Relationships and communication

How do you and your partner communicate how you're feeling to one another?

I don't currently have a significant other. However, in a past relationship, I was often looked down upon for having migraine and told I was using it as an excuse to be lazy and lay around. They went as far as to tell me I was making them up. I was not able to communicate with this person when I was having one. I would still have to get up, take care of our baby, and act like nothing was wrong. And now, being a single mom dealing with migraines can be really hard. Everything still has to get done, but it's just me here to do it. Thankfully, my daughter is a little more self-sufficient these days.

Full-time work

How do you still manage to knock everything out with a very full-time job, too?

Work is also understanding of my migraines. I was open with them from the start that I would try my best to work as long as I could with dealing with one in the hopes that if my meds caught it soon enough, it would go away. Since I have been dealing with them for almost 20 years, I can force myself to do this sometimes, but there are times I just can't physically and mentally work through it. I'll only call in sick or go home sick from one if it's absolutely necessary.

Symptoms and triggers

When you're experiencing migraine symptoms, do you also experience auras or vomiting/nausea? Do you know what triggers them or certain foods or substances that will set one in motion?

Thankfully I don't deal with many side effects. I was only ever nauseous once from a migraine. I have kept several food diaries in the past to see if we could narrow it down, but nothing ever linked together. The pressure system in the weather is one thing that does affect them. My parents used to say I should be a meteorologist because I knew ahead of time if a storm was coming.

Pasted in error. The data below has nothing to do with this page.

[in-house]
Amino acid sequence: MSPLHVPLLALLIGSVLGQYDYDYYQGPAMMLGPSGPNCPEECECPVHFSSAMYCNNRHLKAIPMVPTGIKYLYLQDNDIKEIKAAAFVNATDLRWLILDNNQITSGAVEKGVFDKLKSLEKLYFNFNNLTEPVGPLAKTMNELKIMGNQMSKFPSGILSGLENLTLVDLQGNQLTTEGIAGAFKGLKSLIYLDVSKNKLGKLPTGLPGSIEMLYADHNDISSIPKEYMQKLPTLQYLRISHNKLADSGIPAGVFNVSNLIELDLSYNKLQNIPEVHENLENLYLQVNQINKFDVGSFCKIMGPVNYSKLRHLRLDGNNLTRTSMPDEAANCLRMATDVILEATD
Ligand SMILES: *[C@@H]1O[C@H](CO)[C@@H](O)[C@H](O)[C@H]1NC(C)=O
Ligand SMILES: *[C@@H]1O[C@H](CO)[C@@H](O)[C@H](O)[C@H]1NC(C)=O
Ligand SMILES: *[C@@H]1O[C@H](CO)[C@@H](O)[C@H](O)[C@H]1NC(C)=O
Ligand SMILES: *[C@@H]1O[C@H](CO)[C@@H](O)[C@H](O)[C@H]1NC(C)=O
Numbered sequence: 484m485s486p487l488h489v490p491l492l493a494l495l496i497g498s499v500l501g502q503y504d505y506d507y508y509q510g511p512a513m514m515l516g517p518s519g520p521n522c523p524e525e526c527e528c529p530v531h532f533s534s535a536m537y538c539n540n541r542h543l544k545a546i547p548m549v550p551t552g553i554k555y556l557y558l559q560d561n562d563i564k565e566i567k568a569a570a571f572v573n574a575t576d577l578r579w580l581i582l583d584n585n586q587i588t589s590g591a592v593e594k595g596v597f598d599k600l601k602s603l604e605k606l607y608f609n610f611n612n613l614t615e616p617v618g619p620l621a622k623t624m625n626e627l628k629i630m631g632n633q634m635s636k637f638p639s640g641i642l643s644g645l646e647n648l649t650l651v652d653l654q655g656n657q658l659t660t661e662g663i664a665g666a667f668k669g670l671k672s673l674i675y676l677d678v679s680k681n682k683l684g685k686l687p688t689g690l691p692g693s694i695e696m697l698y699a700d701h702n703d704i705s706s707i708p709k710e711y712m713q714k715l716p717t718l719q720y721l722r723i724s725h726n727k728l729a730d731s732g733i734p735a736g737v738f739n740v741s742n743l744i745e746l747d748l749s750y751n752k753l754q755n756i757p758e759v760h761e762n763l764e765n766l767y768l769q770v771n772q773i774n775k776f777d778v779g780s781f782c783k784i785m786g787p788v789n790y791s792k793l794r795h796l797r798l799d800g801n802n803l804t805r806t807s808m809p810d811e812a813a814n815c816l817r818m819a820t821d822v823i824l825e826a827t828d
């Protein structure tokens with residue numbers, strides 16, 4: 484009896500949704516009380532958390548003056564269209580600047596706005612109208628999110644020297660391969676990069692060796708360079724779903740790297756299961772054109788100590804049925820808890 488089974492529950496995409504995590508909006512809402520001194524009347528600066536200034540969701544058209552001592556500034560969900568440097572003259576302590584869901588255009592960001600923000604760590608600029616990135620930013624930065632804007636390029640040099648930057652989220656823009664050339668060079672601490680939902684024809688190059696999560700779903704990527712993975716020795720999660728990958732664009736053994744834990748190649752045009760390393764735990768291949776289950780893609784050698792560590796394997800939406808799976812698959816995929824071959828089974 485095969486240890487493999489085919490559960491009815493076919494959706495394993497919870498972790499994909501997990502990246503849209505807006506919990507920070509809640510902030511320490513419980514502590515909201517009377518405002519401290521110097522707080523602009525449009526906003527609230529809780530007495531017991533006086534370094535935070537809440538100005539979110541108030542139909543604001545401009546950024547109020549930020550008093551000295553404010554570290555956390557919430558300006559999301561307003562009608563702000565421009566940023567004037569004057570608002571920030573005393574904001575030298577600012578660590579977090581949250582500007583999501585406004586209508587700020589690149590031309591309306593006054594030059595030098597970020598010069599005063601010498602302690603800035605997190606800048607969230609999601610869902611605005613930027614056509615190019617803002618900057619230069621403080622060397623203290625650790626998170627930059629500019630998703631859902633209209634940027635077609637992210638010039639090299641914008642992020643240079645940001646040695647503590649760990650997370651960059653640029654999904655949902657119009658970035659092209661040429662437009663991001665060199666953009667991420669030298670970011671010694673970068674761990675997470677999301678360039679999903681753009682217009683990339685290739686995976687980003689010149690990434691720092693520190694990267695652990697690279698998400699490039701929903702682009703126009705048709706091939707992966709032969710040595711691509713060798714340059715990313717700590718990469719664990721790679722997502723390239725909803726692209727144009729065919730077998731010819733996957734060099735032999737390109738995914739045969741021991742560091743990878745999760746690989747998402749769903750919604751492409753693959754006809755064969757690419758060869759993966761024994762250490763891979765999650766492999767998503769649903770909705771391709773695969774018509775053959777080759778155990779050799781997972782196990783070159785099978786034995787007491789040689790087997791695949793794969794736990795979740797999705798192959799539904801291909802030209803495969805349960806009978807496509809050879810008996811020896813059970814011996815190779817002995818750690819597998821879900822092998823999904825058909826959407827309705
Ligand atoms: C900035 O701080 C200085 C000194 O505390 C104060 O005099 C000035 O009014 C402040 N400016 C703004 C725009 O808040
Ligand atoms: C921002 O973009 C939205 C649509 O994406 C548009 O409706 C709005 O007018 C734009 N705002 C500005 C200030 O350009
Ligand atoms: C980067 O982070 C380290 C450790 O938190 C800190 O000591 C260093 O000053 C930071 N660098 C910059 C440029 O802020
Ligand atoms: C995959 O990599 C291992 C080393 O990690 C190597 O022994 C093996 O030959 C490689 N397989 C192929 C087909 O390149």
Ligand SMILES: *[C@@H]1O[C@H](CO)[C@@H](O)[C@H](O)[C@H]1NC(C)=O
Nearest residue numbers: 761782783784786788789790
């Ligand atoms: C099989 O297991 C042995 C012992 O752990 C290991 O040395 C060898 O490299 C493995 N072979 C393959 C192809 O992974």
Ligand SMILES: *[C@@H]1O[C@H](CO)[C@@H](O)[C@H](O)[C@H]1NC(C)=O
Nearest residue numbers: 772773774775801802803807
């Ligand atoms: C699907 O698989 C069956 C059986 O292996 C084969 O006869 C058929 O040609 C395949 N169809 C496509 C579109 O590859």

Finding support in my daughter

In what unexpected ways does your partner find to support you and help out when you’re having a bad migraine day?

These days, my daughter, who is 5, is such a rockstar when I have a migraine! She understands I need to "do my thing" for a few hours to get back on my feet, and she quietly entertains herself during that time, checking on me and coming up to rub my back at times. But it can definitely put a damper on our days. We could have a whole planned out day, and all of that could change if a migraine comes on. She understands, but she's still a kid and gets upset, and that's when it's really hard for me because I'm trying to deal with a migraine, but also an upset child.

I'd like to thank Kelsey for her time and honest answers. Hopefully, some of our community members will have that "me too" moment as she so candidly spoke about frustrations of not being heard, being thought of as lazy, but still doing it all, despite.

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This article represents the opinions, thoughts, and experiences of the author; none of this content has been paid for by any advertiser. The team does not recommend or endorse any products or treatments discussed herein. Learn more about how we maintain editorial integrity here.